Relive World War I The Same Way Your Relatives Did In Groundbreaking YouTube Series

World War I Documented In Real Time

A unique World War I video series underway at YouTube has taken a clever approach to educating internet users on the so-called “Great War.”

In fact, the series is called “The Great War,” and each week it takes a look at what happened in the corresponding week starting in 1914. Each video is around 10 minutes, give or take, and utilizes a documentary style, showing old war footage and answering viewer questions to fill in any gaps along the way.

Essentially, “The Great War” allows viewers to relive World War I much like people of the early 20th Century lived it, albeit with modern convenience and without the threat of immediate death or chemical weapon attacks.

Currently, “The Great War” is on video 51, but some of their videos are multi-parters, so they’re actually on Week 31 of the war itself, and one or two of the videos run a little short, like in the one- to two-minute range.

If you’re like me, you probably think of World War I as one of the more forgotten aspects of world history. So much attention is given to Adolph Hitler and the Axis Powers of World War II that students and teachers alike have a tendency to gloss over WWII’s predecessor.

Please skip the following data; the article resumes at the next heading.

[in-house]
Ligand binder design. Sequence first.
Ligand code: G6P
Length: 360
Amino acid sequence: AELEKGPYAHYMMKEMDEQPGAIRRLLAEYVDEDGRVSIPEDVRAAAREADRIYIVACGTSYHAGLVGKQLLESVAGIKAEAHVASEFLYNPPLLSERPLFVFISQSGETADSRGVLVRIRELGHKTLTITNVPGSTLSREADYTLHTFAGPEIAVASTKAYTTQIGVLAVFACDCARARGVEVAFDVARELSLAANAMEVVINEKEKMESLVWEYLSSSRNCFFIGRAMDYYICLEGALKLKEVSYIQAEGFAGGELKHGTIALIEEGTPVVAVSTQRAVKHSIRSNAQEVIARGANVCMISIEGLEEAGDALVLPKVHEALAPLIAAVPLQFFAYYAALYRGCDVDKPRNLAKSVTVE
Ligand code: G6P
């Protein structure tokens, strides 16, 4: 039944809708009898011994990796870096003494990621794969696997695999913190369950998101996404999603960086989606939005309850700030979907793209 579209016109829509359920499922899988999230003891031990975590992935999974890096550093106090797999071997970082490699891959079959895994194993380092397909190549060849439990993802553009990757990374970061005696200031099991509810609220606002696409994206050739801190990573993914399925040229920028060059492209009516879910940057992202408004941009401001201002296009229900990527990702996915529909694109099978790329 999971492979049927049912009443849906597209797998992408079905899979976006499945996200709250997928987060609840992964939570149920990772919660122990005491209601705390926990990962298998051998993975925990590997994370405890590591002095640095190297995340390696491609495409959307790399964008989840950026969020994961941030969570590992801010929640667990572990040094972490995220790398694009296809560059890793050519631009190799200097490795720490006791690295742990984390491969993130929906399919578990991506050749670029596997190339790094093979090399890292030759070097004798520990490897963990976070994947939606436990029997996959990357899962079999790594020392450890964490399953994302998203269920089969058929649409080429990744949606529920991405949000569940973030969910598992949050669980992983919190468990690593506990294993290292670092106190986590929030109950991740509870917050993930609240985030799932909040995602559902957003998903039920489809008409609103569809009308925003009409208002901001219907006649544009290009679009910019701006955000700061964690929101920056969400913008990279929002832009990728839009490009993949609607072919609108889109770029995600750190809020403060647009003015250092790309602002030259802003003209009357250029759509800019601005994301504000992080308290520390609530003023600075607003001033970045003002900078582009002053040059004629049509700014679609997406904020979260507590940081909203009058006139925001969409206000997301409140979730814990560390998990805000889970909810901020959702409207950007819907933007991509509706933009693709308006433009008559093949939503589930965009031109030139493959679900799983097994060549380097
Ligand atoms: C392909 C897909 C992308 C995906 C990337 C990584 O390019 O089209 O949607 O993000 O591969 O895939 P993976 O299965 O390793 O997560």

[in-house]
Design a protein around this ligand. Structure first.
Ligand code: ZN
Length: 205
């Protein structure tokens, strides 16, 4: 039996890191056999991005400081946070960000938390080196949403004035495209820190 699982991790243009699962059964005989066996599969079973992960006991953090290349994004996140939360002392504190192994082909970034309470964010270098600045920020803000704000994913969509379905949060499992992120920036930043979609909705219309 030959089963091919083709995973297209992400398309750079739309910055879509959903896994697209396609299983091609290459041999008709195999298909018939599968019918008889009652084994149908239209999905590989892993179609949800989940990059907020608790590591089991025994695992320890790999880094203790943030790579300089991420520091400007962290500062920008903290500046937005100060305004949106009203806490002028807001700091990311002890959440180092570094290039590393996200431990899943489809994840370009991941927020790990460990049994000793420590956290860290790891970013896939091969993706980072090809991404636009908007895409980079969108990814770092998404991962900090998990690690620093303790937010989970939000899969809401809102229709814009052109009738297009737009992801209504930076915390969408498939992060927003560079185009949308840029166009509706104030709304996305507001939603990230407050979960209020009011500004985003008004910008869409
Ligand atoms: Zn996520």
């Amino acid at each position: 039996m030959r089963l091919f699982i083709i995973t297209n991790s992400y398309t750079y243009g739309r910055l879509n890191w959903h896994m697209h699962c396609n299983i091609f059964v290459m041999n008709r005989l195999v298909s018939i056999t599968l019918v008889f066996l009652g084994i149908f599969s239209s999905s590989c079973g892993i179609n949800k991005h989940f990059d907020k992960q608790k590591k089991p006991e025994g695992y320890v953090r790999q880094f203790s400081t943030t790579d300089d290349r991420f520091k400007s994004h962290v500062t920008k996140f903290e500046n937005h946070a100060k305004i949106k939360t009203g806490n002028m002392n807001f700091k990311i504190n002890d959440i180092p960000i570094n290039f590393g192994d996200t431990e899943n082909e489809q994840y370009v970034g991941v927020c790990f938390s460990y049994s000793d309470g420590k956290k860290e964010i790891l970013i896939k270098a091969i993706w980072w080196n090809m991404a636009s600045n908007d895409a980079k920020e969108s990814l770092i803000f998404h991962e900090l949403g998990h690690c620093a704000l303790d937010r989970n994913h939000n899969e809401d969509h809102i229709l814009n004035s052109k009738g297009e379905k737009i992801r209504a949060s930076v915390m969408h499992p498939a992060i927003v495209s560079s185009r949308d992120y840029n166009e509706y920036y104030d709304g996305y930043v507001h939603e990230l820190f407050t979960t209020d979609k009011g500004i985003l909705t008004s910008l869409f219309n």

But World War I actually has a lot of compelling stuff. Air combat, trench warfare, the societal realization that war is more Hell than honorable.

It all started here.

While the subscriber base is only around 50,000, it is growing, and on Friday, “The Great War” made it to the top of Reddit.

That’s because it’s a well put-together series that even someone with a passing interest in history could find compelling. But don’t take my word for it. Here’s a sneak peek.

If you’re wondering how long a task like this one will take, the producers of “The Great War” said they plan to finish up the series by November 2018, so we’re looking at a little more than four years of agony, ecstasy, hope, and occasional glory.

Along the way, they will answer questions like whether the Austrian railways from WWI are still in use, what air combat was really like, what Europe was like just before World War I consumed it, and who some of the people you should know about are.

Will you be watching “The Great War,” and what are some other periods of history that you think could benefit from this type of format? Sound off in the comments section.